Move the idea of saving beyond the personal benefit by encourage your children to set aside money for charitable giving to their house of worship or a social cause they support.

Saving can also be framed as a family activity by having the children kick in their own money for a vacation or recreational equipment the whole family enjoys.

Whatever the savings goals are, write them down, says national consumer finance expert Andrew Housser. “This will guide the budgeting process, making it more about achieving goals than limiting expenses.”

Investing 101

Summer money smarts don’t have to be limited to prudent spending and saving. If your youngster has expressed an interest in learning about investing, the relative downtime of summer can provide the ideal opportunity to begin to understand investing basics.

There’s no shortage of websites offering comprehensive information about investing, such as Morningstar and Yahoo! Finance. Both offer a wealth of how-to guidance, from understanding how markets work to the mechanics behind selecting a successful investment.

Options are also available to put that knowledge into practice, without risking real money. Google Play’s “Stock Market Simulator” is a free app simulates buying and selling in the stock market without having any real financial skin in the exercise.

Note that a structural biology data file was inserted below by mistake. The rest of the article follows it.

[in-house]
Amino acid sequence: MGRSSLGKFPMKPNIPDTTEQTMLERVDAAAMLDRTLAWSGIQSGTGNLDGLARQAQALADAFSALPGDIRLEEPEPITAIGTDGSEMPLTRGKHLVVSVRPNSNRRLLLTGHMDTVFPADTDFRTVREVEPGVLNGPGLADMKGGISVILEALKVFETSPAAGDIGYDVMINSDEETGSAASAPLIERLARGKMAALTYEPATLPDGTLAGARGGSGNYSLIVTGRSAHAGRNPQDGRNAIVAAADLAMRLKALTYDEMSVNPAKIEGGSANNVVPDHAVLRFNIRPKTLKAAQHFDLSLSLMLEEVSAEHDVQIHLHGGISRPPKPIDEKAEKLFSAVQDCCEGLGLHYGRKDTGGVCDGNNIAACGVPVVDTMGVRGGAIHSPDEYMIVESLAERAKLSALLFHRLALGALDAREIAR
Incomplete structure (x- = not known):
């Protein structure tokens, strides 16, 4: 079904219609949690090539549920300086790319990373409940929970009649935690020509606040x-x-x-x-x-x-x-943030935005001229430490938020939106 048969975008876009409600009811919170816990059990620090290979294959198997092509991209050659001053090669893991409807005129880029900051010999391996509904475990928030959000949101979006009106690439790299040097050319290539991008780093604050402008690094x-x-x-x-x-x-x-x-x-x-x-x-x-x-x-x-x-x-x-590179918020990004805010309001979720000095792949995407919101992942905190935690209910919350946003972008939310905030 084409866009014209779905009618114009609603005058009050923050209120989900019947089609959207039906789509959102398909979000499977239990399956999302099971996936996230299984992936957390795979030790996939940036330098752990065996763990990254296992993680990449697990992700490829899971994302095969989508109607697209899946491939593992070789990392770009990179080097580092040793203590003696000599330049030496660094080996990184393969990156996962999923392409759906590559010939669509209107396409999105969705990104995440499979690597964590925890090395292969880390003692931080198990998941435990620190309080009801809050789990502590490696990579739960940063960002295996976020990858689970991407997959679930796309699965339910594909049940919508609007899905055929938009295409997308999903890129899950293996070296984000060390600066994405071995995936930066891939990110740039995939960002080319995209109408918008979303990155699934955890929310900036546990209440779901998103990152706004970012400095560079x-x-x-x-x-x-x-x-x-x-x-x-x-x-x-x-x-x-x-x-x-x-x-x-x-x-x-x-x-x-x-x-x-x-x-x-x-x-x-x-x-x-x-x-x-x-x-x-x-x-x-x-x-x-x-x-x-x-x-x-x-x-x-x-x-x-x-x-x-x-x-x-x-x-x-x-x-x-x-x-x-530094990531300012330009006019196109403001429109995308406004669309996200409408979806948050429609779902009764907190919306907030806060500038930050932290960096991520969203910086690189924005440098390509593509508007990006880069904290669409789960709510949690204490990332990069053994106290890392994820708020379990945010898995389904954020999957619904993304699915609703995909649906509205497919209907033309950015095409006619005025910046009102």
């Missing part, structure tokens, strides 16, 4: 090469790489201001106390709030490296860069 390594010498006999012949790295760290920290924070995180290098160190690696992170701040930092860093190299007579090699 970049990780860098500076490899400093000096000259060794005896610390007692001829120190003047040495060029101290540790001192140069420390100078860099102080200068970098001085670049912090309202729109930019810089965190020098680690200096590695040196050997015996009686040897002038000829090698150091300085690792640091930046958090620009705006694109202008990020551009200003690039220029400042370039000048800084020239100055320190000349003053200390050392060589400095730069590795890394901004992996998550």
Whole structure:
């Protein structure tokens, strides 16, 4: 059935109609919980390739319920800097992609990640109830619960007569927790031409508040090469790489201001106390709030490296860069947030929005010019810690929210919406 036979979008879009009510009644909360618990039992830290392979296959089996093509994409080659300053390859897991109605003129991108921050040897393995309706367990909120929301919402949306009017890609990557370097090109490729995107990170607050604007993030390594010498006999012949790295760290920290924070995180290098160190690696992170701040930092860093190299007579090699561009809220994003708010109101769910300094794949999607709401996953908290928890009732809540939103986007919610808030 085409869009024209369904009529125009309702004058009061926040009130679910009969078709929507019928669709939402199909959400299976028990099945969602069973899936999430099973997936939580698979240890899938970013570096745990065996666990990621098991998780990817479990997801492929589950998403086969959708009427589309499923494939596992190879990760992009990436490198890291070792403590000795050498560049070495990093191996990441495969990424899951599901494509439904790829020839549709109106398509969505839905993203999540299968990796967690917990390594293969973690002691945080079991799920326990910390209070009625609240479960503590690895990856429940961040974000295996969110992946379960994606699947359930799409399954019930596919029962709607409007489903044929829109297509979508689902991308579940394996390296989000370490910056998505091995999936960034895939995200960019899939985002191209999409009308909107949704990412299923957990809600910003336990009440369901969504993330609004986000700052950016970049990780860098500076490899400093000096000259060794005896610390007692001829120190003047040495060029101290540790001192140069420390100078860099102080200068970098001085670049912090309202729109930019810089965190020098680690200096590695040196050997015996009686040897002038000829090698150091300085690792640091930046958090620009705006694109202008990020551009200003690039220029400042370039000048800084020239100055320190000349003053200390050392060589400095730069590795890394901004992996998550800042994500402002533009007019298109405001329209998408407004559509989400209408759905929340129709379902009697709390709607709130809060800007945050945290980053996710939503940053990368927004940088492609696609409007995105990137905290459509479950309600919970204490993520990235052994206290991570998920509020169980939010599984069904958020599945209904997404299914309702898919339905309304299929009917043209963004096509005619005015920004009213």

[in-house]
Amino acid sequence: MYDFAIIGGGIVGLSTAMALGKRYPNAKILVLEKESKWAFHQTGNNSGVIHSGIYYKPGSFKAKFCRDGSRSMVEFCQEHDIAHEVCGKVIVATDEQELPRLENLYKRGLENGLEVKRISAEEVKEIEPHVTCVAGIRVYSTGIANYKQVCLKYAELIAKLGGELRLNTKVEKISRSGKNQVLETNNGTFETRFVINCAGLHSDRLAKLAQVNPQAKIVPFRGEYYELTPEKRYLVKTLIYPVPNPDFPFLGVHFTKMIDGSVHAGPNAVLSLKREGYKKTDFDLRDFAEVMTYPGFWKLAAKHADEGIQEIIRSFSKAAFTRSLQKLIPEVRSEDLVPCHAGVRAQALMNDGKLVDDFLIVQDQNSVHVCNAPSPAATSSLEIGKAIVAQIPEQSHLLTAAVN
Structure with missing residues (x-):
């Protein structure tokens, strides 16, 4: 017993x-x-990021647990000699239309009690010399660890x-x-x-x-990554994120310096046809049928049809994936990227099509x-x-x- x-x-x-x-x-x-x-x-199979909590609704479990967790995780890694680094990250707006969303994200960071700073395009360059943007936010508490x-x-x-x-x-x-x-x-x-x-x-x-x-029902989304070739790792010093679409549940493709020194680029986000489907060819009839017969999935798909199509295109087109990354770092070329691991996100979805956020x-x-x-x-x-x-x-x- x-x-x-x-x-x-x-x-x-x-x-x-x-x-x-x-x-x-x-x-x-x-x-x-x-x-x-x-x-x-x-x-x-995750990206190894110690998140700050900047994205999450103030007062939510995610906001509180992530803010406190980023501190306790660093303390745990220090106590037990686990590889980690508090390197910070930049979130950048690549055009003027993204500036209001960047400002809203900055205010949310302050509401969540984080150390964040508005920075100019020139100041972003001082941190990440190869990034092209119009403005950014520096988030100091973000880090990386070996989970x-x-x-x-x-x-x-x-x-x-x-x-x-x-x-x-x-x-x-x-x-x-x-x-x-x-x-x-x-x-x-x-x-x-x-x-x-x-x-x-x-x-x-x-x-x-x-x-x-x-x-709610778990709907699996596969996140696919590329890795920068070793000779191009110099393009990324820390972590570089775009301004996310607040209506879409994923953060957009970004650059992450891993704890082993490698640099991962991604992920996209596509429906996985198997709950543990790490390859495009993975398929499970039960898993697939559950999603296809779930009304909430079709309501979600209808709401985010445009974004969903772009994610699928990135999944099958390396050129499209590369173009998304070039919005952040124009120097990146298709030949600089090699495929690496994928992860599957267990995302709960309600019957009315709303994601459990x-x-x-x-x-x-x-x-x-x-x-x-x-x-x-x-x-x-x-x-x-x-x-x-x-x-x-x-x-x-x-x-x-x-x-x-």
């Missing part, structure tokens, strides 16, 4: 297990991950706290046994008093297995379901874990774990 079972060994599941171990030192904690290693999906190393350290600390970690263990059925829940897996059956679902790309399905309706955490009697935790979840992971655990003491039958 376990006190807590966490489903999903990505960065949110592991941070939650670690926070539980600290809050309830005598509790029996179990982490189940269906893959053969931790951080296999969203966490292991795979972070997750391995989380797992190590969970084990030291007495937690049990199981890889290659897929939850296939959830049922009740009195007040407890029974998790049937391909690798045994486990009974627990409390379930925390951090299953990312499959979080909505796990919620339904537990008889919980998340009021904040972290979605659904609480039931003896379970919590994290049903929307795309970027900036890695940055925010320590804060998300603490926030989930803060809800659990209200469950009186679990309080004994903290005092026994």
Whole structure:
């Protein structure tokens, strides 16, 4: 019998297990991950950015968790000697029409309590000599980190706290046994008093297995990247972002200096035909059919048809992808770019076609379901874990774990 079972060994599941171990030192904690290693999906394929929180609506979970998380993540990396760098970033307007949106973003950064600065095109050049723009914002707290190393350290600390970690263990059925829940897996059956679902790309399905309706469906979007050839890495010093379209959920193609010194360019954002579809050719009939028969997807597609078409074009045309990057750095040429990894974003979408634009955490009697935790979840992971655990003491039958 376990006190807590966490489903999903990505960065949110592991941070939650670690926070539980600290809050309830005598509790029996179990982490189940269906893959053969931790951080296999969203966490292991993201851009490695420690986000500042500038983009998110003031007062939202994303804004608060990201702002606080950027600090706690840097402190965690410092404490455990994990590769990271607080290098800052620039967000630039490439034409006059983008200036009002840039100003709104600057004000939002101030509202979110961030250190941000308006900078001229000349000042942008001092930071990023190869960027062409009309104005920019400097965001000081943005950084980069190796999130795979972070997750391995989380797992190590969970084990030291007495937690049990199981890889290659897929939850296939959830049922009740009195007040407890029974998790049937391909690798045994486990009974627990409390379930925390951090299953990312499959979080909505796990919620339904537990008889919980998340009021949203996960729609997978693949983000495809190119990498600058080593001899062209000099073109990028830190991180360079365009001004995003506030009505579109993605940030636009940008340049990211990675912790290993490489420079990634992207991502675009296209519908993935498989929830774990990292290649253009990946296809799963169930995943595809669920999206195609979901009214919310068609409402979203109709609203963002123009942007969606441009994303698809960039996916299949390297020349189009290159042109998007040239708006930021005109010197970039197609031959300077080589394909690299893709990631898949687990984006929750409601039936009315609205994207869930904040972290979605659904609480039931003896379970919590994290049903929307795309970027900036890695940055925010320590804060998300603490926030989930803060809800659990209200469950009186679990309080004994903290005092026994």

“It is a great way to teach kids the real lessons of stock market investing,” said Phil Ash, CEO of Baton Investing, a stock investing service. “It’s one thing to be told how much money you can make, it’s another to actually make that money, even if said money is fake. There’s no better teacher than experience, and the stock market experience is a great teacher of business principles, finance, mathematics and even patience.”

Power of example

Helping your children learn how to handle money intelligently can be a rewarding summertime pursuit. But, even if your schedule doesn’t permit hands-on guidance, don’t overlook the value of a positive example. On one level, that means a constructive attitude, one that avoids finger-pointing if financial mistakes happen.

Additionally, be sure to set a positive example through action. A parent who preaches financial discipline is one thing — a parent who brings a brown bag to work most every day to save on the cost of lunch is both instructive and motivating.

“Your kids are constantly watching and learning from you, so set the best example you can. If you are only paying with credit cards and disregarding a budget or responsible spending, they will pay attention to that and learn those ways as well,” said Lee. “They'll also pick up on arguments you and your spouse may have about money, and that sets a negative impression for the future and how they will view money.”

Related links:

View Comments

Money doesn't necessarily equate to job satisfaction

What tweens want to be when they grow up

Are you rich or poor? The answer may be in how you spend your money

Jeff Wuorio lives in Southern Maine, where he covers personal finance and entrepreneurship. He may be reached at and his website is at

Join the Conversation
Looking for comments?
Find comments in their new home! Click the buttons at the top or within the article to view them — or use the button below for quick access.